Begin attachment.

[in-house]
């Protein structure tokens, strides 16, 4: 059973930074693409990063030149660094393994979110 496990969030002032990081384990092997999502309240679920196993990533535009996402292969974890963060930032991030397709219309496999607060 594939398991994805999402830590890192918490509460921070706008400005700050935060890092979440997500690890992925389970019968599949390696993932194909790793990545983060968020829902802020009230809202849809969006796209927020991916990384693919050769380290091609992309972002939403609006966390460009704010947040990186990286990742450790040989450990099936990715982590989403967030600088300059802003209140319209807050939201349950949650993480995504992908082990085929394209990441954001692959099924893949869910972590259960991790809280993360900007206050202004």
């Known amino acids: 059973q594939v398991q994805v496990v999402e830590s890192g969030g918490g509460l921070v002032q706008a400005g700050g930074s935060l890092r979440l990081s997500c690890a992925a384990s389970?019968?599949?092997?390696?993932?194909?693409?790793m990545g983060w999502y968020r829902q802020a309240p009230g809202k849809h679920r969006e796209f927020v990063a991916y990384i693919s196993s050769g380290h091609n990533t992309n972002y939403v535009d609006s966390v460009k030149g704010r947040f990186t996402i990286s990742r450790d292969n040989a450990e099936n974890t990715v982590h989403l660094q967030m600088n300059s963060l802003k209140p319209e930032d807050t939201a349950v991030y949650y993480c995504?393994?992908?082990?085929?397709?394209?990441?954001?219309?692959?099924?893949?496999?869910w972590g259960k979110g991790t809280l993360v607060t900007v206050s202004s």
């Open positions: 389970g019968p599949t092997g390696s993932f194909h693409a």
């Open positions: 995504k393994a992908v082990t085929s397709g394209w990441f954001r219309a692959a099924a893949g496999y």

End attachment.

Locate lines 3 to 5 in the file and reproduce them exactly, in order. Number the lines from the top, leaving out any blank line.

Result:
């Known amino acids: 059973q594939v398991q994805v496990v999402e830590s890192g969030g918490g509460l921070v002032q706008a400005g700050g930074s935060l890092r979440l990081s997500c690890a992925a384990s389970?019968?599949?092997?390696?993932?194909?693409?790793m990545g983060w999502y968020r829902q802020a309240p009230g809202k849809h679920r969006e796209f927020v990063a991916y990384i693919s196993s050769g380290h091609n990533t992309n972002y939403v535009d609006s966390v460009k030149g704010r947040f990186t996402i990286s990742r450790d292969n040989a450990e099936n974890t990715v982590h989403l660094q967030m600088n300059s963060l802003k209140p319209e930032d807050t939201a349950v991030y949650y993480c995504?393994?992908?082990?085929?397709?394209?990441?954001?219309?692959?099924?893949?496999?869910w972590g259960k979110g991790t809280l993360v607060t900007v206050s202004s």
């Open positions: 389970g019968p599949t092997g390696s993932f194909h693409a």
């Open positions: 995504k393994a992908v082990t085929s397709g394209w990441f954001r219309a692959a099924a893949g496999y």